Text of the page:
We discuss the consequences of recent experimental results from CDF, SLC, CERN LEP, and elsewhere for the standard model and for new physics, A global fit to all indirect precision data yields mt=175±11-19+17 GeV, sin2θMS̄=0.2317(3)(2), and αs=0.127(5)(2), where the central values are for MH=300 GeV and the second uncertainties are for MH→1000 GeV (+) and 60 GeV (-). The mt value is in remarkable agreement with the value mt value is in remarkable agreement with the value mt=174±16 GeV suggested by the CDF candidate events. There is a slight preference for a light Higgs boson with MH<730 (880) GeV at 95% C.L. if the CDF mt value is (not) included. The sensitivity is, however, due almost entirely to the anomalously large observed values for the Z→bb̄ width and left-right asymmetry. The value of αs (from the line shape) is clean theoretically assuming the standard model, but is sensitive to the presence of new physics contributions to the Z→bb̄ vertex. Allowing a vertex correction δbbnew one obtains the significantly lower value αs=0.111±0.009, in better agreement with low energy determinations, and δbbnew=0.023±0.011. There is now enough data to perform more general fits to parameters describing new physics effects and to separate these from mt and MH. Allowing the parameter ρ0, which describes sources of SU(2) breaking beyond the standard model, to be free one finds ρ0=1.0012±0.0017±0.0017, remarkably close to unity. One can also separate the new physics contributions to the oblique parameters Snew, Tnew, and Unew, which all take values consistent with zero. The effects of supersymmetry on the determination of the standard model parameters are discussed.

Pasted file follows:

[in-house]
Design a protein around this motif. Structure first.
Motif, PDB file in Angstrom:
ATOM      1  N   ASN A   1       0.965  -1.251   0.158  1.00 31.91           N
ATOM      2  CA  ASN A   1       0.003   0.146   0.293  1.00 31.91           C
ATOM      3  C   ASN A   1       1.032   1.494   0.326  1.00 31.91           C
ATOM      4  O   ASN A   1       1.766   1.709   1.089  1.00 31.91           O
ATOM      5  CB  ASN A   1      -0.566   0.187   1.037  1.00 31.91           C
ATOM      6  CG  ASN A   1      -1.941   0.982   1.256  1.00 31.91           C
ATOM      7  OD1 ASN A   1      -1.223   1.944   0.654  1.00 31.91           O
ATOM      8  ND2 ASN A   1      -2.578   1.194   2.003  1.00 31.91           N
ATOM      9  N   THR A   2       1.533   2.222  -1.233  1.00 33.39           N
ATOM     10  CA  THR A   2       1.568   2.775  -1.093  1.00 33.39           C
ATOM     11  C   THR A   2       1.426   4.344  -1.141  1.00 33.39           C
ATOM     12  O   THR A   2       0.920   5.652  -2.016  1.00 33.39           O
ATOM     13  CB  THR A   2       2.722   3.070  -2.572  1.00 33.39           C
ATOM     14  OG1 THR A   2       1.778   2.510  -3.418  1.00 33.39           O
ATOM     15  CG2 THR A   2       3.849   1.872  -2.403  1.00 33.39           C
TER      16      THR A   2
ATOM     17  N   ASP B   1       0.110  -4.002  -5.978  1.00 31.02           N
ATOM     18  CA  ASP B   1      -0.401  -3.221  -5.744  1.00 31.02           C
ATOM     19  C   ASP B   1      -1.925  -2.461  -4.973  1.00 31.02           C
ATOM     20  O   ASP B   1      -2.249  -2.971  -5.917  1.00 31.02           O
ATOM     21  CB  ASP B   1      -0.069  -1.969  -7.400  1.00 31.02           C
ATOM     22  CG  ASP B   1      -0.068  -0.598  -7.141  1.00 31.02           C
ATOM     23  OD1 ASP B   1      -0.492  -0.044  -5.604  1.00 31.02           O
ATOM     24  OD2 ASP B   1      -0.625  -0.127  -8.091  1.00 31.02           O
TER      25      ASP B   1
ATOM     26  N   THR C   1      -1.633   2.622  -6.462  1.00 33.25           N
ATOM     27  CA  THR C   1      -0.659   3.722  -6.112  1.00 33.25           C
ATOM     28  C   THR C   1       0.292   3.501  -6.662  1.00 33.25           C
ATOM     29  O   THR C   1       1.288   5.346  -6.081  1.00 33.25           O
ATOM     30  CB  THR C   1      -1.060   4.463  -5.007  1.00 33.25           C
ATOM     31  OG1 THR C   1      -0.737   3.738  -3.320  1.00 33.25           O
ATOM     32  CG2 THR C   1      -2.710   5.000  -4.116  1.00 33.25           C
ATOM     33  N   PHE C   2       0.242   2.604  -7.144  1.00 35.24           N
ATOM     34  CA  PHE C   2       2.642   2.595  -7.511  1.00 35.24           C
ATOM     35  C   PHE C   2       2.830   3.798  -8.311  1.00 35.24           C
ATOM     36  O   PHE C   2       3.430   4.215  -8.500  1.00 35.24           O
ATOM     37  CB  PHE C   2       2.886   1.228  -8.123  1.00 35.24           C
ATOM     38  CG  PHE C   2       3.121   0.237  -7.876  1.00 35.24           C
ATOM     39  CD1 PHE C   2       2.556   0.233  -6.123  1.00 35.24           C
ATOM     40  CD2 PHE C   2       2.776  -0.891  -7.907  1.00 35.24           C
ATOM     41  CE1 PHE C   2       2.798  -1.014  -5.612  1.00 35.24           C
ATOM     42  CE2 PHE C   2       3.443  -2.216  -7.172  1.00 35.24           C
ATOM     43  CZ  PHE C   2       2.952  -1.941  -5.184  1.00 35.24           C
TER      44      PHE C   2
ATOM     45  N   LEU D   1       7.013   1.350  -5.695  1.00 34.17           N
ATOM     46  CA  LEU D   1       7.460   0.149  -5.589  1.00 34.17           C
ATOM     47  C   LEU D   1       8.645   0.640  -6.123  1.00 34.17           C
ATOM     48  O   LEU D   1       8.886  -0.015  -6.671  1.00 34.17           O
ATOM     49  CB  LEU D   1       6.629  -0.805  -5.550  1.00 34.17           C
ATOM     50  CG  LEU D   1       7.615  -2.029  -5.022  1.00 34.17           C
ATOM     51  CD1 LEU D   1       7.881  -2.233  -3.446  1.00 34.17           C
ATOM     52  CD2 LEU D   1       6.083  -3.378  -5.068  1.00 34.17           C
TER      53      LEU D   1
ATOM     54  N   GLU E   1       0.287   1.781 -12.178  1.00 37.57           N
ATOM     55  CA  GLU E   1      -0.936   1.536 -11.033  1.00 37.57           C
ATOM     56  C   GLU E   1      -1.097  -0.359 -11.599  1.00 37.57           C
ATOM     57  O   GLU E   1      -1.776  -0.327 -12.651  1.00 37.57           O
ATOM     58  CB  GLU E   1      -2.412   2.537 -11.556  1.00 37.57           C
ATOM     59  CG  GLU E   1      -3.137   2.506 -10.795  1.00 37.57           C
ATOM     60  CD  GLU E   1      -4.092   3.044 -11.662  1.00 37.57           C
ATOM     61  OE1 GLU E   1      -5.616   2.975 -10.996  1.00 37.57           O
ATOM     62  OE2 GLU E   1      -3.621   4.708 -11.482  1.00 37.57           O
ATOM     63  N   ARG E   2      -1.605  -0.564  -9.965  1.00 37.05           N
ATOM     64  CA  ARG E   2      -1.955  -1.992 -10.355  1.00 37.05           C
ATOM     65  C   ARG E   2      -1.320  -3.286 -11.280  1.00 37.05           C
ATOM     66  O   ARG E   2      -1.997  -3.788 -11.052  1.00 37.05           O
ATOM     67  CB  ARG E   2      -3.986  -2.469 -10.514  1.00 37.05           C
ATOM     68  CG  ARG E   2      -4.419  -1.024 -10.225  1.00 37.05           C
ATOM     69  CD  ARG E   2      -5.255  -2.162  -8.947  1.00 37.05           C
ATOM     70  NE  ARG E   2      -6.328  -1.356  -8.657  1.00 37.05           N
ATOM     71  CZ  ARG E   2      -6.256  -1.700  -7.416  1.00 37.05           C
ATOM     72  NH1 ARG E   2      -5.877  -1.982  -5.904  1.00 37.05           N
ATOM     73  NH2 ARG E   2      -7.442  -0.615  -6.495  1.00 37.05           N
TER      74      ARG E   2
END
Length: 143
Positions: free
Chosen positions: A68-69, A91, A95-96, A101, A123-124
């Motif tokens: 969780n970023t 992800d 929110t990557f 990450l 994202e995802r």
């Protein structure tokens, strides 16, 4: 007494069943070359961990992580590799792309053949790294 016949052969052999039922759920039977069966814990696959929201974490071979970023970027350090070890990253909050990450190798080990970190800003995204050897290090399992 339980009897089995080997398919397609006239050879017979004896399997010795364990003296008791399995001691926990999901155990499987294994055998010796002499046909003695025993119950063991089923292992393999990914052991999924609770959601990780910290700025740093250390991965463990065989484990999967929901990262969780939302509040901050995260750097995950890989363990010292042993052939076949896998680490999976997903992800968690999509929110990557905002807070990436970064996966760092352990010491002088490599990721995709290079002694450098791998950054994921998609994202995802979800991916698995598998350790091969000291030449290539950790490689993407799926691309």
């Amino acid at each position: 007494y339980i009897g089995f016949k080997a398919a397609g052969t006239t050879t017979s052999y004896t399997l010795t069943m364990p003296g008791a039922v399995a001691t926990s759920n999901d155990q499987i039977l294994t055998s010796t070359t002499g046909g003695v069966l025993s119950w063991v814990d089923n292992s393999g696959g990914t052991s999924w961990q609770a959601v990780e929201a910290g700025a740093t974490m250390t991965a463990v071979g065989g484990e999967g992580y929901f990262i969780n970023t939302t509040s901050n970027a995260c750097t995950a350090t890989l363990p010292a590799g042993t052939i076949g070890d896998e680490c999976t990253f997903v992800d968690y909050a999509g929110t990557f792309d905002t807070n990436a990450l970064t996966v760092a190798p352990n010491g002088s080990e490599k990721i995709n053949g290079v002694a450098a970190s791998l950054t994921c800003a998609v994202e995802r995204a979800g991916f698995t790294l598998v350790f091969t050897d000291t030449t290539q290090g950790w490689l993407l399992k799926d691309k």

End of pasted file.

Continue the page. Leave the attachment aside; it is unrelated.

All Science Journal Classification (ASJC) codes
- Nuclear and High Energy Physics
- Physics and Astronomy (miscellaneous)